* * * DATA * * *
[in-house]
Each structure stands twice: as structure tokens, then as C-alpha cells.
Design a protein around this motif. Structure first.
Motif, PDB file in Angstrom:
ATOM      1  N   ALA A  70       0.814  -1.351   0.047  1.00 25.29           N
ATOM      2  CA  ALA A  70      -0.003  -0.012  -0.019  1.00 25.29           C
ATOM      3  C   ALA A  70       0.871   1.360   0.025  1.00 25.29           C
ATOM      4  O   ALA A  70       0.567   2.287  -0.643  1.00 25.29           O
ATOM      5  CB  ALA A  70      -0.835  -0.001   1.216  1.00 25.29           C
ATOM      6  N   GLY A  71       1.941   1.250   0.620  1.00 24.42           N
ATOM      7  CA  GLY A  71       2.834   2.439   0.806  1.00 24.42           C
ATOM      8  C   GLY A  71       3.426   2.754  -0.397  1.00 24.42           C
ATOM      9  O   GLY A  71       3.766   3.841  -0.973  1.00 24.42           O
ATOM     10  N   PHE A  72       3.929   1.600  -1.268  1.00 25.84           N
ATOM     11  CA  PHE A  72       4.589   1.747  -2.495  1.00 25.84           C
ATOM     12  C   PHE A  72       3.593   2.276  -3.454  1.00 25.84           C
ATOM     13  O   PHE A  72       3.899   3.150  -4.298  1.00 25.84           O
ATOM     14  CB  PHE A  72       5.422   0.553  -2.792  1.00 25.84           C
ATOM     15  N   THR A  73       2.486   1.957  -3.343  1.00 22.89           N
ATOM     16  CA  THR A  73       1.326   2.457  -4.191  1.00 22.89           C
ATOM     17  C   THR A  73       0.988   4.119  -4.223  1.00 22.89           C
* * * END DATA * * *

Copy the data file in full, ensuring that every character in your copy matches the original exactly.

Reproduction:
[in-house]
Each structure stands twice: as structure tokens, then as C-alpha cells.
Design a protein around this motif. Structure first.
Motif, PDB file in Angstrom:
ATOM      1  N   ALA A  70       0.814  -1.351   0.047  1.00 25.29           N
ATOM      2  CA  ALA A  70      -0.003  -0.012  -0.019  1.00 25.29           C
ATOM      3  C   ALA A  70       0.871   1.360   0.025  1.00 25.29           C
ATOM      4  O   ALA A  70       0.567   2.287  -0.643  1.00 25.29           O
ATOM      5  CB  ALA A  70      -0.835  -0.001   1.216  1.00 25.29           C
ATOM      6  N   GLY A  71       1.941   1.250   0.620  1.00 24.42           N
ATOM      7  CA  GLY A  71       2.834   2.439   0.806  1.00 24.42           C
ATOM      8  C   GLY A  71       3.426   2.754  -0.397  1.00 24.42           C
ATOM      9  O   GLY A  71       3.766   3.841  -0.973  1.00 24.42           O
ATOM     10  N   PHE A  72       3.929   1.600  -1.268  1.00 25.84           N
ATOM     11  CA  PHE A  72       4.589   1.747  -2.495  1.00 25.84           C
ATOM     12  C   PHE A  72       3.593   2.276  -3.454  1.00 25.84           C
ATOM     13  O   PHE A  72       3.899   3.150  -4.298  1.00 25.84           O
ATOM     14  CB  PHE A  72       5.422   0.553  -2.792  1.00 25.84           C
ATOM     15  N   THR A  73       2.486   1.957  -3.343  1.00 22.89           N
ATOM     16  CA  THR A  73       1.326   2.457  -4.191  1.00 22.89           C
ATOM     17  C   THR A  73       0.988   4.119  -4.223  1.00 22.89           C